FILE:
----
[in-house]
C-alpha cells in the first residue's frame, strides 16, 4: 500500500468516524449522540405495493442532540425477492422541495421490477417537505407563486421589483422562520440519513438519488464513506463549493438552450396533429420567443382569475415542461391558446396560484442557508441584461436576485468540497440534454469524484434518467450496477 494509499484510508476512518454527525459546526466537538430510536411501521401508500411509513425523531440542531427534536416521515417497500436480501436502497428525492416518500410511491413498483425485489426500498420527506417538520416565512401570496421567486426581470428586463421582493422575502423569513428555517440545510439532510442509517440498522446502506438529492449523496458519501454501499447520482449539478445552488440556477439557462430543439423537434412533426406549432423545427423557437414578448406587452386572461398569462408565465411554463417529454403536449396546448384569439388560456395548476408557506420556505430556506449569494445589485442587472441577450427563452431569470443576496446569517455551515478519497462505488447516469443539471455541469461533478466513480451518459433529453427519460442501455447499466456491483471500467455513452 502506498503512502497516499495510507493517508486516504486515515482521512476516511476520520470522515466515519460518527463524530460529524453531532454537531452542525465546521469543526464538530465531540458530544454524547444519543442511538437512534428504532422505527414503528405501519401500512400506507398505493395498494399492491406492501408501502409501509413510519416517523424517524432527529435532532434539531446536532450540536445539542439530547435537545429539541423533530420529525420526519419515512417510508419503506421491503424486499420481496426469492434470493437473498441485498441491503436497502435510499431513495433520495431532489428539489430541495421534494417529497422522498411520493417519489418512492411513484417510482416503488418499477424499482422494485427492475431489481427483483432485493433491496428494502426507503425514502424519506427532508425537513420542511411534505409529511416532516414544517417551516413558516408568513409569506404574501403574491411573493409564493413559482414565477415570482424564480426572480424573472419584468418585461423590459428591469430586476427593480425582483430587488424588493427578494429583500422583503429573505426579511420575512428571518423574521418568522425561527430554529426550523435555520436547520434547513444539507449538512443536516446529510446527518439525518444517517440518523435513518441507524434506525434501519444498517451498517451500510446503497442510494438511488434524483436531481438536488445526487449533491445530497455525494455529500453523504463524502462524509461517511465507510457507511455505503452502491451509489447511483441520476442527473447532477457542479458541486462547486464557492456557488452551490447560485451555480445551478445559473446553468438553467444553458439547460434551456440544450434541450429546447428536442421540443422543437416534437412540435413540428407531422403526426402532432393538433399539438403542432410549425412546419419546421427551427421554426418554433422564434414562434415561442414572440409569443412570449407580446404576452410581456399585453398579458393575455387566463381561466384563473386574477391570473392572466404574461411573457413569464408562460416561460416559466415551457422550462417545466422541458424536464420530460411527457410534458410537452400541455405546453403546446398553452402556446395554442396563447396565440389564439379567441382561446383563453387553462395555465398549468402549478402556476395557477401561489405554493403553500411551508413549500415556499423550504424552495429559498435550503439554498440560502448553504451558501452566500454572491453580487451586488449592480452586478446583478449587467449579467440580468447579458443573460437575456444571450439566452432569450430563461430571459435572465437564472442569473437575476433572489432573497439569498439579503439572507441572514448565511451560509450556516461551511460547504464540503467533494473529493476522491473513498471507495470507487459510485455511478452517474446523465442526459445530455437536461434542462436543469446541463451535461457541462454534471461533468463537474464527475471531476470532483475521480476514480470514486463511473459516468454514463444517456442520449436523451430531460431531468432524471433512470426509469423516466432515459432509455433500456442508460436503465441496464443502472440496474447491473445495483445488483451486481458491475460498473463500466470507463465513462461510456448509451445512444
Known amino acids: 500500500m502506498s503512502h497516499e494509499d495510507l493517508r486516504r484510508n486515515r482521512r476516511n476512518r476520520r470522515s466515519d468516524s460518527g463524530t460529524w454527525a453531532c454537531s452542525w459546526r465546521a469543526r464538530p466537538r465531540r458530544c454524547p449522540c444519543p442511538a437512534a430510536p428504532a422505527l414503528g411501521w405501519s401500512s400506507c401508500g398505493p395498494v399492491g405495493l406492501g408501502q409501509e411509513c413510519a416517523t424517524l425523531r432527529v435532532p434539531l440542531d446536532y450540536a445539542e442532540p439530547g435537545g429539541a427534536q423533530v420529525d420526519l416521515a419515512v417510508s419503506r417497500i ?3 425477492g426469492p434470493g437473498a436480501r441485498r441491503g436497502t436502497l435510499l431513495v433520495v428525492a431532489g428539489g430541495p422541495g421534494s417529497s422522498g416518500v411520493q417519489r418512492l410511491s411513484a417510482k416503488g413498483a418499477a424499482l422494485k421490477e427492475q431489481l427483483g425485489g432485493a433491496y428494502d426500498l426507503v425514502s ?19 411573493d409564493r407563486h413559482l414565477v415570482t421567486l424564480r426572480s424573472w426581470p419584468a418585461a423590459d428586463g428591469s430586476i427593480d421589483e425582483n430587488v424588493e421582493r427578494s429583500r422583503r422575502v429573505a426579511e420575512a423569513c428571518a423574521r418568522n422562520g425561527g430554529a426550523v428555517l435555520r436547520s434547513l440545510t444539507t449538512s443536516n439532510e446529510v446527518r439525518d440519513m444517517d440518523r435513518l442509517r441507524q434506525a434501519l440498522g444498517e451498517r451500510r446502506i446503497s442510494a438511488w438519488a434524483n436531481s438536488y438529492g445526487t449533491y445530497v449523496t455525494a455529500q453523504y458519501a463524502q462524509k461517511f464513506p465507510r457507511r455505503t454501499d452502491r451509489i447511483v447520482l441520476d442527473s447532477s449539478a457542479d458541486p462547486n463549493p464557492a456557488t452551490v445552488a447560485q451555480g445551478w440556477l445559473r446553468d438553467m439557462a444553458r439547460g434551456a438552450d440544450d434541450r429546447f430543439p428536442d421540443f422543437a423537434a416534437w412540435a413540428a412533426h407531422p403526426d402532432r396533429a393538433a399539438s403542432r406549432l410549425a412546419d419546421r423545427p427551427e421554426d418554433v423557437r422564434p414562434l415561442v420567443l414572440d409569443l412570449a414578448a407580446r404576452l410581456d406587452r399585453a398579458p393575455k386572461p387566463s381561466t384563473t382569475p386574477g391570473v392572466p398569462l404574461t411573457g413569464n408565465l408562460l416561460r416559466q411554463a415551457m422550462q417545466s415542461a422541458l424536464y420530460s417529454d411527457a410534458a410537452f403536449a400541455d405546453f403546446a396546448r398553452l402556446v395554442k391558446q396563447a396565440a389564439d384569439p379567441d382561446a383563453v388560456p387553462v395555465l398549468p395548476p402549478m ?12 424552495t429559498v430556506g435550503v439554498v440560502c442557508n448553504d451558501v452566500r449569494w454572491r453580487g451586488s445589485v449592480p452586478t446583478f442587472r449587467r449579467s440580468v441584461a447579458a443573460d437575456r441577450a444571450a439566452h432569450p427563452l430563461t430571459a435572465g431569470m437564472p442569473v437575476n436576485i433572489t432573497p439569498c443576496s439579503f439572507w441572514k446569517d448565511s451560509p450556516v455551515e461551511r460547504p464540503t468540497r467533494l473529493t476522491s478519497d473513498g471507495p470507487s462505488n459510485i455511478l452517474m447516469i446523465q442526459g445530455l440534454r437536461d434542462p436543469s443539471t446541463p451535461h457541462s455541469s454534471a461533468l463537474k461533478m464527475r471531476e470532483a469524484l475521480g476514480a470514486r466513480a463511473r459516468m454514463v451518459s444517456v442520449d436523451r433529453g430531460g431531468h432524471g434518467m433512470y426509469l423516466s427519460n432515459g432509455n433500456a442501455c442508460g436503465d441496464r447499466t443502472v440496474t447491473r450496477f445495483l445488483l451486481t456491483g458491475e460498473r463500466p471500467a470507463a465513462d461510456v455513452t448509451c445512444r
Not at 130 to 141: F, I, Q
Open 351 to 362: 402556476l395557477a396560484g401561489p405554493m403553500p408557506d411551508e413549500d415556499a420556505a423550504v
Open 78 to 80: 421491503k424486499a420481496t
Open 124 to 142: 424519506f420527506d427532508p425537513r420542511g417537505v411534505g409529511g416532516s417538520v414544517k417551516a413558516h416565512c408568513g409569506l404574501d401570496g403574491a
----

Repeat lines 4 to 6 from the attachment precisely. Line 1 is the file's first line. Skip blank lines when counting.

Not at 130 to 141: F, I, Q
Open 351 to 362: 402556476l395557477a396560484g401561489p405554493m403553500p408557506d411551508e413549500d415556499a420556505a423550504v
Open 78 to 80: 421491503k424486499a420481496t